Oro-sensory exposure (OSE) to food plays an important role in the regulation of food intake. One proposed underlying mechanism is the occurrence of cephalic phase responses (CPRs). CPRs include the pre-digestive endocrine responses induced by food-related sensory input. Yet, whether OSE duration or sweetness intensity affects CPRs is unknown. The objective of this study was to determine the independent and interactive effects of oro-sensory duration (chewing) and stimulation intensity (sweetness) on endocrine CPRs and satiation. Eighteen males (22 ± 2 years, BMI 22 ± 2 kg/m2) participated in a 2 × 2 randomized study with a control condition. Each session participants performed modified sham feeding (MSF) with one of the four gel-based model foods. During the control session no MSF was performed. Model foods differed in chewing duration (hard or soft texture) and sweetness (low or high intensity). During each session, eight blood samples were collected up till 25 min after MSF onset. Subsequently, food intake from an ad libitum lunch was measured. No typical CPR was found for insulin, pancreatic polypeptide (PP), and ghrelin. However, the overall PP response was 1.1 times greater for the hard sweet MSF condition compared to control (p = 0.02). Overall ghrelin responses were 1.1 times greater for the hard model food compared to the soft model food conditions (p = 0.003). These differences in endocrine response were not associated with differences in food intake at the subsequent meal. Exploratory sub-analysis of the responsive insulin curves showed that after 2.5 min of MSF the hard texture model foods insulin concentrations were 1.2 greater compared to the soft texture. These findings indicate that texture hardness and sweetness increase the overall PP response and that MSF on hard texture increases the overall ghrelin response compared to soft texture model foods. However, MSF on model foods does not lead to a typical CPR. This study, among others, shows that there are major dissimilarities in the endocrine responses to food stimulation between individuals. This emphasizes the importance of considering cephalic responders and non-responders. More research is needed to understand CPRs in relation to food texture and taste properties.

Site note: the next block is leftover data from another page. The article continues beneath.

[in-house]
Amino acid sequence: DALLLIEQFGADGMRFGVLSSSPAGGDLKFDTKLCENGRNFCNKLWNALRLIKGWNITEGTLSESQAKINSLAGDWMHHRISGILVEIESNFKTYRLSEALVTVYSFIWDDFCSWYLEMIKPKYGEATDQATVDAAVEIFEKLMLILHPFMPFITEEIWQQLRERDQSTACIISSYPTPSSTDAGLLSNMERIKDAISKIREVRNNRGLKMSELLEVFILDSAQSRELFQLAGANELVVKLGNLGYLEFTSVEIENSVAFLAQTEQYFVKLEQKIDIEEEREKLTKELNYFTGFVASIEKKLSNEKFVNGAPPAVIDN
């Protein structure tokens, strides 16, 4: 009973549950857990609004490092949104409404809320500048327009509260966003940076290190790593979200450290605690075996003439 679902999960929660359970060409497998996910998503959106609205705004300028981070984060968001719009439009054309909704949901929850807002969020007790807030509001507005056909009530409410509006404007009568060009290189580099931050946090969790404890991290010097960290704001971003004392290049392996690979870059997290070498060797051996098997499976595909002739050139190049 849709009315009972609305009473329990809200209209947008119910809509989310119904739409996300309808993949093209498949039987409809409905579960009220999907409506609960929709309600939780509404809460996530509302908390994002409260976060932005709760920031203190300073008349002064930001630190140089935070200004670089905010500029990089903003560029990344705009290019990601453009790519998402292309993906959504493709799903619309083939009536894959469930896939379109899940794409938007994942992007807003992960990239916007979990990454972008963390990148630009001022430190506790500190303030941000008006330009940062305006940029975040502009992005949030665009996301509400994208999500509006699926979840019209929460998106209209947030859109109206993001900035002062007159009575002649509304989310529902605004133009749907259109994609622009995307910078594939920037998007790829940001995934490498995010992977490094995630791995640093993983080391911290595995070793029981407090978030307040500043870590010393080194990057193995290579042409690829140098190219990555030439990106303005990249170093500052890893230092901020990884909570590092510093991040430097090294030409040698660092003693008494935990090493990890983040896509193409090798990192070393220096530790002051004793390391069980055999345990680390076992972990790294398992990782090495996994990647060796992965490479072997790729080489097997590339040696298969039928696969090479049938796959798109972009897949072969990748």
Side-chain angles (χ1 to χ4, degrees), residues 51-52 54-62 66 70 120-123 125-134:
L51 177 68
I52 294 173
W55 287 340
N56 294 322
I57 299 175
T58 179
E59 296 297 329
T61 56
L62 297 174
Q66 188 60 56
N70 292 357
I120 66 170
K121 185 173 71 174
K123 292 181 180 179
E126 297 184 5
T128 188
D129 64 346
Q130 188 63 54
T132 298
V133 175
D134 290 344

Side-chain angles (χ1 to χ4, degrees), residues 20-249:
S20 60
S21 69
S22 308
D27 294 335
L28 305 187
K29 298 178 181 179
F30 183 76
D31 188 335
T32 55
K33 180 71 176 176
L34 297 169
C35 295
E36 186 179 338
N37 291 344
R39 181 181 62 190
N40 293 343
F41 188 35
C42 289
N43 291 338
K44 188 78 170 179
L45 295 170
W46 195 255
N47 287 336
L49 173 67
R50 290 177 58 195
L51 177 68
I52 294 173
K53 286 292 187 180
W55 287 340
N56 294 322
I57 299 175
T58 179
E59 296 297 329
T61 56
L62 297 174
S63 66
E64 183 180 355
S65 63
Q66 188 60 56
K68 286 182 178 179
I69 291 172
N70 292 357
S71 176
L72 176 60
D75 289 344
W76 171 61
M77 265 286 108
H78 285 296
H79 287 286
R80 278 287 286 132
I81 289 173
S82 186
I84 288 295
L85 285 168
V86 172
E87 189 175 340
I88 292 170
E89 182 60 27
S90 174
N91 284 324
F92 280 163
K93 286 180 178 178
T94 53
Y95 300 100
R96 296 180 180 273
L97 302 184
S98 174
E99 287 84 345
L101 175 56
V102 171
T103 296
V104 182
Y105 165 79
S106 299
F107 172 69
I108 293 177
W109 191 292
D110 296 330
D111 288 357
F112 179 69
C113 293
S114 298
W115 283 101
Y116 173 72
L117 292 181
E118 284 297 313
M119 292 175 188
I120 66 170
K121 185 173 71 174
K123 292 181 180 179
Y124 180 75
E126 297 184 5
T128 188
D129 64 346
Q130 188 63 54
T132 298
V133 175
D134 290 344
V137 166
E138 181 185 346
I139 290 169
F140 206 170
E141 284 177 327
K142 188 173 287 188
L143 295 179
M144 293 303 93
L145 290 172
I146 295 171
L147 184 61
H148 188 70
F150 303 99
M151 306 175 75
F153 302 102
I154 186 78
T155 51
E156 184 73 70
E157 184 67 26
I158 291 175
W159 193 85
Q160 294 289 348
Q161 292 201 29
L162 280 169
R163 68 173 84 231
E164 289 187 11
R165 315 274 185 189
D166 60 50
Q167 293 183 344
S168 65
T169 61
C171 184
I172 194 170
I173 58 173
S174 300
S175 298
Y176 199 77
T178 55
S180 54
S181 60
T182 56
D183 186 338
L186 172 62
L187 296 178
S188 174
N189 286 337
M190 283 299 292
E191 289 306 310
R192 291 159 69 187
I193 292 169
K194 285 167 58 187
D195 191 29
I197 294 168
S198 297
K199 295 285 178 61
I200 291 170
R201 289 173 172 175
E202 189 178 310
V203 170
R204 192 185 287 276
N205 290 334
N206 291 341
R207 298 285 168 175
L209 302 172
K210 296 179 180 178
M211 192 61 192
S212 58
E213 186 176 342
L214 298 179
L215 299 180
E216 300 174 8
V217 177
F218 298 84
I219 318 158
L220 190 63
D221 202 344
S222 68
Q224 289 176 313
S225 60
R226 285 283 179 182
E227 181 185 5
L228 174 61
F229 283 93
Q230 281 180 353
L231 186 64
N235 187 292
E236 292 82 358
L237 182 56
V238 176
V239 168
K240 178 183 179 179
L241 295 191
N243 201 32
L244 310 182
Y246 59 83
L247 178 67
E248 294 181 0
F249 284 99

A workshop on 'Dietary Sweetness-Is It an Issue?'
Wittekind, Anna ; Higgins, Kelly ; McGale, Lauren ; Schwartz, Camille ; Stamataki, Nikoleta S. ; Beauchamp, Gary K. ; Bonnema, Angela ; Dussort, Pierre ; Gibson, Sigrid ; Graaf, Cees de; Halford, Jason C.G. ; Marsaux, Cyril F.M. ; Mattes, Richard D. ; McLaughlin, John ; Mela, David J. ; Nicklaus, Sophie ; Rogers, Peter J. ; Macdonald, Ian A. - \ 2018
International Journal of Obesity 42 (2018)4. - ISSN 0307-0565 - p. 934 - 938.
This report summarises a workshop convened by ILSI Europe on 3 and 4 April 2017 to discuss the issue of dietary sweetness. The objectives were to understand the roles of sweetness in the diet, establish whether exposure to sweetness affects diet quality and energy intake, and consider whether sweetness per se affects health. Although there may be evidence for tracking of intake of some sweet components of the diet through childhood, evidence for tracking of whole diet sweetness, or through other stages of maturity are lacking. The evidence to date does not support adverse effects of sweetness on diet quality or energy intake, except where sweet food choices increase intake of free sugars. There is some evidence for improvements in diet quality and reduced energy intake where sweetness without calories replaces sweetness with calories. There is a need to understand the physiological and metabolic relevance of sweet taste receptors on the tongue, in the gut and elsewhere in the body, as well as possible differentiation in the effects of sustained consumption of individual sweeteners. Despite a plethora of studies, there is no consistent evidence for an association of sweetness sensitivity/preference with obesity or type 2 diabetes. A multifaceted integrated approach, characterising nutritive and sensory aspects of the whole diet or dietary patterns, may be more valuable in providing contextual insight. The outcomes of the workshop could be used as a scientific basis to inform the expert community and create more useful dialogue among health care professionals.
Homologous recombination between genetically divergent campylobacter fetus lineages supports host-associated speciation
Gilbert, Maarten J. ; Duim, Birgitta ; Graaf-van Bloois, Linda van der; Wagenaar, Jaap A. ; Zomer, Aldert L. - \ 2018
Genome Biology and Evolution 10 (2018)3. - ISSN 1759-6653 - p. 716 - 722.
Campylobacter fetus - Homologous recombination - Host association - Reptile - Speciation - Whole genome sequencing